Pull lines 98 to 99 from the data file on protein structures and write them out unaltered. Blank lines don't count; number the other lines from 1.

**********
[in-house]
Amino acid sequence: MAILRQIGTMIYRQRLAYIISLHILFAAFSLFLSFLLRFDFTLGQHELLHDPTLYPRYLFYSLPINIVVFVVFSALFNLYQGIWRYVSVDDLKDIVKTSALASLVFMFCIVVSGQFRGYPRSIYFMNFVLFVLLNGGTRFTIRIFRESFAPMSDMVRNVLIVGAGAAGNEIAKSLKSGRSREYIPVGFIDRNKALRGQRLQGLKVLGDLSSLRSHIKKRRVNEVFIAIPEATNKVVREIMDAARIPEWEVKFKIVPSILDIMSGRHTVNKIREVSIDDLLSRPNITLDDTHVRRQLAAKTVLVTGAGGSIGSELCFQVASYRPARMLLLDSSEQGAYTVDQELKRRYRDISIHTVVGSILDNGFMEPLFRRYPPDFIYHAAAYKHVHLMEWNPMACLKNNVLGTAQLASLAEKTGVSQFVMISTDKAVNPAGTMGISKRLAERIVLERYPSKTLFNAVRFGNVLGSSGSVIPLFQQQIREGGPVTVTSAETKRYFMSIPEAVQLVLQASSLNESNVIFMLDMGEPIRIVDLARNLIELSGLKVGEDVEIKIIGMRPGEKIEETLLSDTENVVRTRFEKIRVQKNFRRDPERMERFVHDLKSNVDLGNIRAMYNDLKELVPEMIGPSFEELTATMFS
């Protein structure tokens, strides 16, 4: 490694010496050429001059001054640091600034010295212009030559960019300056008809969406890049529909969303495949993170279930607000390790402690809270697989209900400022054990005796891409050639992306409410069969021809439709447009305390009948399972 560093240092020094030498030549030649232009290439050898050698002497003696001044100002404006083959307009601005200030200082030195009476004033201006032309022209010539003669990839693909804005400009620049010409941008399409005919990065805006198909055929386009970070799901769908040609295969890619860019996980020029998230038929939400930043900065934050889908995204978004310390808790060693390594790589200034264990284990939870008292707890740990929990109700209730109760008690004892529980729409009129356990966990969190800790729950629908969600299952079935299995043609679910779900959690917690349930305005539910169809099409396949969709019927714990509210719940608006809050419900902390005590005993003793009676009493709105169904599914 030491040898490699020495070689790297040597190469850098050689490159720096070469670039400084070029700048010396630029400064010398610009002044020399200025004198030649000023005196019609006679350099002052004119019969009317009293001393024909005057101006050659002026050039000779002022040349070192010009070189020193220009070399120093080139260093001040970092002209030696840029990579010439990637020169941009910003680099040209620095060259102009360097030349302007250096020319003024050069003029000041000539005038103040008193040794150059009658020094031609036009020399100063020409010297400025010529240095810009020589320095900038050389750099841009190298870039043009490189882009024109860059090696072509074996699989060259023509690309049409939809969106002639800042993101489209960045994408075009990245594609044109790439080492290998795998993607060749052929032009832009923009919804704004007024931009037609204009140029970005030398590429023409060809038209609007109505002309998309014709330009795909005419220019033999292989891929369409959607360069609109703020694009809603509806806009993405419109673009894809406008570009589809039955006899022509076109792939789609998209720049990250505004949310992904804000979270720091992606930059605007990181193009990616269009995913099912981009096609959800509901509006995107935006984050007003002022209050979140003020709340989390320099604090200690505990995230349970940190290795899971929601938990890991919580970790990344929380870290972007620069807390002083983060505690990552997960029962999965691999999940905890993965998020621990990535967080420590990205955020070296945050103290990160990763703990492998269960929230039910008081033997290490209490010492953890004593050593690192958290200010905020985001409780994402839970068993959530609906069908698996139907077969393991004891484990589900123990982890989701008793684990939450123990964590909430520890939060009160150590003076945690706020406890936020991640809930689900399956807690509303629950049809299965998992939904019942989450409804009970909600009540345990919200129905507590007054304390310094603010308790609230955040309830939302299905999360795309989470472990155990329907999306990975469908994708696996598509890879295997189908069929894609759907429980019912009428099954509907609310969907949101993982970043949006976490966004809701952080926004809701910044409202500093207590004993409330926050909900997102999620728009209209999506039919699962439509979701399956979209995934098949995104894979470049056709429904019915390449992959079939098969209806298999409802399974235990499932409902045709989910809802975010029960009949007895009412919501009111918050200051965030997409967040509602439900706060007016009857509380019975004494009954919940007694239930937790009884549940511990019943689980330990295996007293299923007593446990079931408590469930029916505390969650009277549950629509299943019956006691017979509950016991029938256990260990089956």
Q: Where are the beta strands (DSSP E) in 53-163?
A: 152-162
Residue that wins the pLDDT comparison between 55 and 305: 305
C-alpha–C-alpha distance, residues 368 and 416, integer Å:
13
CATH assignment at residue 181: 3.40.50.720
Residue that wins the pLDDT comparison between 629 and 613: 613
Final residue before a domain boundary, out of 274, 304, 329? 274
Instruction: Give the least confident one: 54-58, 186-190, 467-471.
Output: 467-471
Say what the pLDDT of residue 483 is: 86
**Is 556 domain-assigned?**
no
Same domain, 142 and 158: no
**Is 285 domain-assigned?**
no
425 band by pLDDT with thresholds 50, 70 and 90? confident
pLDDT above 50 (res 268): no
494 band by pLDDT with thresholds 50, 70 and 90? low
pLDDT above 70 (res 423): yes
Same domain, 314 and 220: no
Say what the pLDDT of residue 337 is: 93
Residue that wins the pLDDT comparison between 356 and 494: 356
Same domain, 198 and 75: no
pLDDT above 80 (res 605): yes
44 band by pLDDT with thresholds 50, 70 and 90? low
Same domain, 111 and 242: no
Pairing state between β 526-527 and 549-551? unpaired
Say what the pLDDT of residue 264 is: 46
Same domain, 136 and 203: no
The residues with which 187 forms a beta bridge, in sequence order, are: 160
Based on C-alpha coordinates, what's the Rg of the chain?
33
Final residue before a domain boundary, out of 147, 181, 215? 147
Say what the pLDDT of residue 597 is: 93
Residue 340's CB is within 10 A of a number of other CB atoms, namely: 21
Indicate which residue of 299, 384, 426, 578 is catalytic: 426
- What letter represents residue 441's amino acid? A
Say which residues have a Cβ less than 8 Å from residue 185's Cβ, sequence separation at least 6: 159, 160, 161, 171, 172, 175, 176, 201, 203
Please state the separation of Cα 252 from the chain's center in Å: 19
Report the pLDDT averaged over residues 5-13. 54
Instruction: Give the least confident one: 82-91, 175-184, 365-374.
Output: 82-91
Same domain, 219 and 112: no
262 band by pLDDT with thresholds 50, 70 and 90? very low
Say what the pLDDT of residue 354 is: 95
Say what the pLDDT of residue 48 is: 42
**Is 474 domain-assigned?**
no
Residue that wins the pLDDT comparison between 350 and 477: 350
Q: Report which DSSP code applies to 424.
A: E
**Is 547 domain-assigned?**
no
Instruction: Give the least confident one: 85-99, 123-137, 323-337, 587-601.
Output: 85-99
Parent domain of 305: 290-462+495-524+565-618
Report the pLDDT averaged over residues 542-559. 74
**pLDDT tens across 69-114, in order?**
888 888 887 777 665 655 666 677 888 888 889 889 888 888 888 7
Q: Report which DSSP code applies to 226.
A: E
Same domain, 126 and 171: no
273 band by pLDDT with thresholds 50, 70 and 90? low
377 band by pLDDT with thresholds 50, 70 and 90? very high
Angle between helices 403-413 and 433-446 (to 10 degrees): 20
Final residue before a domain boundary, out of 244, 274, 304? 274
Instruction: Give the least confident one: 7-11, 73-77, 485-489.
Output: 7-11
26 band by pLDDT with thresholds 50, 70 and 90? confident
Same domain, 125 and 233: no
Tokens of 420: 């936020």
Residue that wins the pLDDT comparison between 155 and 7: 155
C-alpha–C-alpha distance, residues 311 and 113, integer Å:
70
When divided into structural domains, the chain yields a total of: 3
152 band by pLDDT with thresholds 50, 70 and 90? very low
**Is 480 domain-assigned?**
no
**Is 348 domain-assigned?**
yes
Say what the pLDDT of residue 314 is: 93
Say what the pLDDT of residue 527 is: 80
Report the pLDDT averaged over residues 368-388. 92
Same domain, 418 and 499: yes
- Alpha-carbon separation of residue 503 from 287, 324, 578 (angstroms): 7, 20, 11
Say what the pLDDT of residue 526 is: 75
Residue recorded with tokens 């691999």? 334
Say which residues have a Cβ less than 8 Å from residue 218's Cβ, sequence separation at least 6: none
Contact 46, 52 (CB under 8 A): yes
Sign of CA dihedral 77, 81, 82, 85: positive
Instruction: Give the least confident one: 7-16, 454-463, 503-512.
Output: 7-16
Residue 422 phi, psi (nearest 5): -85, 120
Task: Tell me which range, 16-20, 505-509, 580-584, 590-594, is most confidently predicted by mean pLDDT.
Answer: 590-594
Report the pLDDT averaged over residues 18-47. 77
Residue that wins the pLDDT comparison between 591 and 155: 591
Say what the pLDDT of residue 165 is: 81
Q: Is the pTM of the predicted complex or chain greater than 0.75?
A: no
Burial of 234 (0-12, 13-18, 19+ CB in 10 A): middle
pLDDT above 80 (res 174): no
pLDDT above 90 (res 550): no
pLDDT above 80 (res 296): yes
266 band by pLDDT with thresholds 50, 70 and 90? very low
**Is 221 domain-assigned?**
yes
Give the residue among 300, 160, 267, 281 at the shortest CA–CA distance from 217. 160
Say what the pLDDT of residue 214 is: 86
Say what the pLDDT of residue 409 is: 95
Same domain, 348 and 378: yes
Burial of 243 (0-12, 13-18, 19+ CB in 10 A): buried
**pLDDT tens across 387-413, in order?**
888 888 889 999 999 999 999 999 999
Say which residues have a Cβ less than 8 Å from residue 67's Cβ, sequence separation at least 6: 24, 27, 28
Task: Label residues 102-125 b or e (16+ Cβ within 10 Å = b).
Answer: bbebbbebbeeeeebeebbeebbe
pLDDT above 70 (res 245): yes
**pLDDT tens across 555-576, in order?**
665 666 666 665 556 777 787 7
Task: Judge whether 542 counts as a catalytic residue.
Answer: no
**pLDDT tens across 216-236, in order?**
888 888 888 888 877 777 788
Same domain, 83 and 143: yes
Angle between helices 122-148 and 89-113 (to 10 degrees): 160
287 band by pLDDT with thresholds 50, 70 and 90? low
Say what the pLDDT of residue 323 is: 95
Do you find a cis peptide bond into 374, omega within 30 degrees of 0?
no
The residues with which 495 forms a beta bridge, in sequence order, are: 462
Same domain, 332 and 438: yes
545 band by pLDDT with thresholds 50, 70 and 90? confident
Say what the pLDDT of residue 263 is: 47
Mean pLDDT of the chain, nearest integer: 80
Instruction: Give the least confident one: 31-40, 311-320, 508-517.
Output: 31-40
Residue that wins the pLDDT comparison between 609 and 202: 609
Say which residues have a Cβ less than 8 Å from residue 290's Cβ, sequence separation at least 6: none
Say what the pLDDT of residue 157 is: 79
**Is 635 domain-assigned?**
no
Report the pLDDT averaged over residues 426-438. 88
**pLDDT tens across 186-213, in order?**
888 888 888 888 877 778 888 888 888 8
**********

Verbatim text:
Task: Tell me which range, 16-20, 505-509, 580-584, 590-594, is most confidently predicted by mean pLDDT.
Answer: 590-594